Discussion in 'Classic Menswear' started by gdl203, May 20, 2007.
LOVE that Zenith - I've been tempted by it many times.
Ah, regrets about the imprecise wording; I was talking about the Reverso's water resistance, not the RO's. I'd take that Dual Time for a dunk without hesitation.
If a watch has had a good pressure test within the past year or so and is reasonable for it, I'll take it for a swim without stressing. That 34-year-old 50m-rated plexi GMT has been my go-to watch for use in seawater for some time now, to the point that I recently got rid of my only diver's watch since I never wore it. It's great to have something that can stay on your wrist at all times, especially for travel. If you're not playing around with messy vehicles too often, the RO is a good choice in this regard, along with the other usual suspects in the steel-sports-watch category.
While we're talking about water resistance, have you noticed that "duh, is it safe to wear my 2000m-rated diver's watch in the shower?" is the always one of the top watch-forum-noob questions? I believe that a lot of BS about water resistance originates from memories of the instruction manuals from crappy 1980s digital watches that claimed (accompanied with cute little pictograms) that:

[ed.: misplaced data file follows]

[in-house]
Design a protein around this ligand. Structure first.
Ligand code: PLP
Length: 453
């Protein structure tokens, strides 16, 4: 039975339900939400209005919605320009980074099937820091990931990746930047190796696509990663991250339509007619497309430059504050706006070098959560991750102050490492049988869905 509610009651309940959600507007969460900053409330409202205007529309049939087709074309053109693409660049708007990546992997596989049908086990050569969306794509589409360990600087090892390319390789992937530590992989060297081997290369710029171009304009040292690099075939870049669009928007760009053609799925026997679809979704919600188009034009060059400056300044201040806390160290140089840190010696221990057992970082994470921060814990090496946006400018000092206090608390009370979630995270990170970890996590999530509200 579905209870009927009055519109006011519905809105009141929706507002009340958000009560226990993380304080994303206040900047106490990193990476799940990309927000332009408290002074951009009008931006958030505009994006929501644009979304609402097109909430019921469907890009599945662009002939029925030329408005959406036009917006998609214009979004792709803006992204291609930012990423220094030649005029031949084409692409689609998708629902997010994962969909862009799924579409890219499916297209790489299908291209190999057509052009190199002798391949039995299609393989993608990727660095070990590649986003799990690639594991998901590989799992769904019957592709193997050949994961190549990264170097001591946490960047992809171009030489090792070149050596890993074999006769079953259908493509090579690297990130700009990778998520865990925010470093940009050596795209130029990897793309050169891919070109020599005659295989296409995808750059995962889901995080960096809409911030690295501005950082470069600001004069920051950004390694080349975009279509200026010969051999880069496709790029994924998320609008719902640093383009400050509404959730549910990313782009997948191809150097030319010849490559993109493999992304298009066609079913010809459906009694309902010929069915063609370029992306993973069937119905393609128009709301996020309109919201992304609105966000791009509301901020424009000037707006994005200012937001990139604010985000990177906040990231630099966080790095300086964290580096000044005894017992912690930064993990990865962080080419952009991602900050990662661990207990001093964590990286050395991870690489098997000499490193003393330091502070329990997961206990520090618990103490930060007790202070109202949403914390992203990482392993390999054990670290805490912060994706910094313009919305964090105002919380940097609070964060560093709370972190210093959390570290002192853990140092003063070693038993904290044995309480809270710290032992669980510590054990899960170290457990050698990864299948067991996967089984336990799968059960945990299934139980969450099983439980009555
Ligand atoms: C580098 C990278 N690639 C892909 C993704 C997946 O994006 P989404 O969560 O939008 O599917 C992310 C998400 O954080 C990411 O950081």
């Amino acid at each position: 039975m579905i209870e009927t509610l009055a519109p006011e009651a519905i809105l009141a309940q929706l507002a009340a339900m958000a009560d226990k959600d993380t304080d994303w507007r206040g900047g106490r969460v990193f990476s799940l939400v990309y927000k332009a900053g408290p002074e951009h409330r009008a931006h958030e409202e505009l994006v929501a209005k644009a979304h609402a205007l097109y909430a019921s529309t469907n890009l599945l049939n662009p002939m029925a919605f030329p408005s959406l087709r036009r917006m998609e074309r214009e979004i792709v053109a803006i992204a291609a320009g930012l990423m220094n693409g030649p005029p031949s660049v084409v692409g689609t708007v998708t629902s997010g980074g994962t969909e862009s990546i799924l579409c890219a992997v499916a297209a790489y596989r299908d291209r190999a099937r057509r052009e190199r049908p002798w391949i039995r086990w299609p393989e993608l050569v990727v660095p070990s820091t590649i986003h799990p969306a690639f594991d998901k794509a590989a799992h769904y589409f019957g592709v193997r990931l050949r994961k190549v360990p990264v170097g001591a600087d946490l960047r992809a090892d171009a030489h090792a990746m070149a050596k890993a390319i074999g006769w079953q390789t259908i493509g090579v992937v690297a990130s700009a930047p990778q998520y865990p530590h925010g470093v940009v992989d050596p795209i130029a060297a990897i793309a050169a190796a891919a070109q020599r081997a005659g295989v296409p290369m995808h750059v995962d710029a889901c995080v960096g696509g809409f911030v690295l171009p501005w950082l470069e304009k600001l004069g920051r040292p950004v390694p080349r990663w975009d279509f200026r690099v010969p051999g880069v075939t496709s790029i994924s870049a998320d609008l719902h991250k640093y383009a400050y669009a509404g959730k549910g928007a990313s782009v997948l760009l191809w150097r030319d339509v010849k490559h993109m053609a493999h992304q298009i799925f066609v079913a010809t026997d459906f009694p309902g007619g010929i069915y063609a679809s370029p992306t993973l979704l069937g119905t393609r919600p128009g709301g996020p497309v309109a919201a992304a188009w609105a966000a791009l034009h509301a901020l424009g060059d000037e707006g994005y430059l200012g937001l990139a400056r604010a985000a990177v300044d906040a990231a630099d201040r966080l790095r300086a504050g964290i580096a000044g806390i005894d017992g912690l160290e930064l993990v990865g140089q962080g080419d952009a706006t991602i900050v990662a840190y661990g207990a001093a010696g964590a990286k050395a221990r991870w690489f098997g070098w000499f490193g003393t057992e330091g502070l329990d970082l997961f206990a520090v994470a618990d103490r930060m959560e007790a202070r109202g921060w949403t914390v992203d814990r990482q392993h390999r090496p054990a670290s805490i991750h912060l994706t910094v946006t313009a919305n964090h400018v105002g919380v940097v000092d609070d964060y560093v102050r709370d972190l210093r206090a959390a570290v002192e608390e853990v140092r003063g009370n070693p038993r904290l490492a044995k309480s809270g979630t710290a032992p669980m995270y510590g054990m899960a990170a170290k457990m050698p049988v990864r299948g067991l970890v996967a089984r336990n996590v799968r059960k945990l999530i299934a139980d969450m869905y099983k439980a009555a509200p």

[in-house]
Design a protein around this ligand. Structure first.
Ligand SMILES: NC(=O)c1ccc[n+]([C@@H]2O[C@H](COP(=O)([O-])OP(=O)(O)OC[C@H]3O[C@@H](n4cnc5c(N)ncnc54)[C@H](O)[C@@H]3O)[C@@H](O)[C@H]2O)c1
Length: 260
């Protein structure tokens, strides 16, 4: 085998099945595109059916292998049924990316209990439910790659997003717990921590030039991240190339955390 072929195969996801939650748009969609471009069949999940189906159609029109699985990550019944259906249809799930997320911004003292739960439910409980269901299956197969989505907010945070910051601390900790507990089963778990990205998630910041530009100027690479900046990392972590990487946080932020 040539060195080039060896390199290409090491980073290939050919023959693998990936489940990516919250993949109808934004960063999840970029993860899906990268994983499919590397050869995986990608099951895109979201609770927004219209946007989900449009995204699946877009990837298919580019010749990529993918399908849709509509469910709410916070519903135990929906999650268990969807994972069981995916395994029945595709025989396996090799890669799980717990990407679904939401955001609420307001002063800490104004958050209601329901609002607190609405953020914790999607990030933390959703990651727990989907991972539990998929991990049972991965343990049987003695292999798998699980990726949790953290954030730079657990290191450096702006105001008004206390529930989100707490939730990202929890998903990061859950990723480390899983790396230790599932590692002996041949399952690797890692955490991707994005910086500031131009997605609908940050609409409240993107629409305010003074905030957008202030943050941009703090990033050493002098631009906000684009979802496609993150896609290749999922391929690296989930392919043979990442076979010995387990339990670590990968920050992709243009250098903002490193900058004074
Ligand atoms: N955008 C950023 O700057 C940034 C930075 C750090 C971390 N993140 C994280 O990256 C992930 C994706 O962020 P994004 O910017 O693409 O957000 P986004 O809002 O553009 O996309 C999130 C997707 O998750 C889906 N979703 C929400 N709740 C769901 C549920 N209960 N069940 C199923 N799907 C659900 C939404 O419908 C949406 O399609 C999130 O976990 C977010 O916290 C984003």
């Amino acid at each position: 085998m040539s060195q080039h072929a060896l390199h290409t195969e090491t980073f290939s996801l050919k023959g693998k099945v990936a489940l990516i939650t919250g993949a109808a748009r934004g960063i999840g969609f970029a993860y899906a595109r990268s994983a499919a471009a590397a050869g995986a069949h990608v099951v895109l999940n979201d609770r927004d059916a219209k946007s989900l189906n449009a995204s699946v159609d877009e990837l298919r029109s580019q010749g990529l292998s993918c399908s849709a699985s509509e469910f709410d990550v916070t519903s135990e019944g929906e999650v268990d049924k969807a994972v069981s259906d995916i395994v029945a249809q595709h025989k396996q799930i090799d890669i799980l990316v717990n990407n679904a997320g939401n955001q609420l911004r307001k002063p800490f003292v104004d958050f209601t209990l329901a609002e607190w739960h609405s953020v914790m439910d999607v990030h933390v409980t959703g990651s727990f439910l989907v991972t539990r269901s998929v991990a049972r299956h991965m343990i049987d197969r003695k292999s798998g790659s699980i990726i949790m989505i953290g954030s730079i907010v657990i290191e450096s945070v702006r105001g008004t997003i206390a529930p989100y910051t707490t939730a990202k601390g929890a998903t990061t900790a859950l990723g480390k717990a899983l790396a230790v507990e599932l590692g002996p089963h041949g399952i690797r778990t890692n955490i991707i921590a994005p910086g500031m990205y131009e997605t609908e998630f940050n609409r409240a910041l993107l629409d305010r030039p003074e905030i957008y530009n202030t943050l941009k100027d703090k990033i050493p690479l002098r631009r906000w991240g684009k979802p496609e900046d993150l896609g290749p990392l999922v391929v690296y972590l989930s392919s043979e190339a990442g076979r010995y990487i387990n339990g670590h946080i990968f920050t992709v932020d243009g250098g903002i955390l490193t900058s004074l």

30m of WR rating is OK for use only in mildly humid climates,
50m is probably safe for washing your hands if you're careful,
100m should do for the kiddie pool and,
200m can be chanced for snorkeling as long as you don't thrash about too much and cause "dynamic pressure" (which is completely negligible at human speeds even if you're Michael friggin' Phelps, by the way).
This ancient fear of having water near watches is likely part of the justification process that people who will never go deeper than a couple of metres underwater use when they buy these gigantic diver's watches that seem to be popular. "I might need this helium-escape valve and multi-km depth rating if I wear this to the beach, in case I get splashed." Both the depth rating and the extra hole in the case are strictly ornamental, as the deepest anyone's gone on SCUBA equipment is 330m, and the commercial guys are the only ones with even a remotely legitimate need for an HEV. COMEX crews actually have gone as far down as 534m with their Sea-Dwellers, which is insane. And super cool.
In regards to knowledge it really depends on the AD and the Boutique. Keep in mind also that Rolex Boutiques are not owned by Rolex. Those are owned typically by the large chain ADs like Tourneau.
No worries thanks for clarifying that you haven't avoided a RO for fear that 50m isn't water resistant. My first Rolex was a GMT that was WR to 50m and it never gave me any problems with regard to wearing it in the shower, or to swim at a beach or in a pool. I took that watch shooting, on trips, and it did everything I did for nearly 10 years.
My Explorer 2 (a wedding gift from my wife) is usually my do everything watch. Its the watch I'd generally go to if something might be a bit too rough or abusive for the RO. Also, being a bit older and wiser if I'm doing something in the garage with one of the cars, I take off my watch, both to protect the watch and the car.